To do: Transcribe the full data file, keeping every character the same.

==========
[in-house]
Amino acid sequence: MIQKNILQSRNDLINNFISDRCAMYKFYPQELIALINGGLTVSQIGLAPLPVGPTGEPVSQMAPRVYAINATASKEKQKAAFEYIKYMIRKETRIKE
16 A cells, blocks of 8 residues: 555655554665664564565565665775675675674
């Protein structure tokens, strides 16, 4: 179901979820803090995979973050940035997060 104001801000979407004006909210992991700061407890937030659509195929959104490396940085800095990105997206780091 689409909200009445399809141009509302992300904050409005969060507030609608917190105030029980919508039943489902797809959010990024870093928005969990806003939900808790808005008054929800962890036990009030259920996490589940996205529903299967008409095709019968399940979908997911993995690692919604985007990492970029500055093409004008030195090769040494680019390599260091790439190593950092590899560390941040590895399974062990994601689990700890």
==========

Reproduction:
[in-house]
Amino acid sequence: MIQKNILQSRNDLINNFISDRCAMYKFYPQELIALINGGLTVSQIGLAPLPVGPTGEPVSQMAPRVYAINATASKEKQKAAFEYIKYMIRKETRIKE
16 A cells, blocks of 8 residues: 555655554665664564565565665775675675674
């Protein structure tokens, strides 16, 4: 179901979820803090995979973050940035997060 104001801000979407004006909210992991700061407890937030659509195929959104490396940085800095990105997206780091 689409909200009445399809141009509302992300904050409005969060507030609608917190105030029980919508039943489902797809959010990024870093928005969990806003939900808790808005008054929800962890036990009030259920996490589940996205529903299967008409095709019968399940979908997911993995690692919604985007990492970029500055093409004008030195090769040494680019390599260091790439190593950092590899560390941040590895399974062990994601689990700890």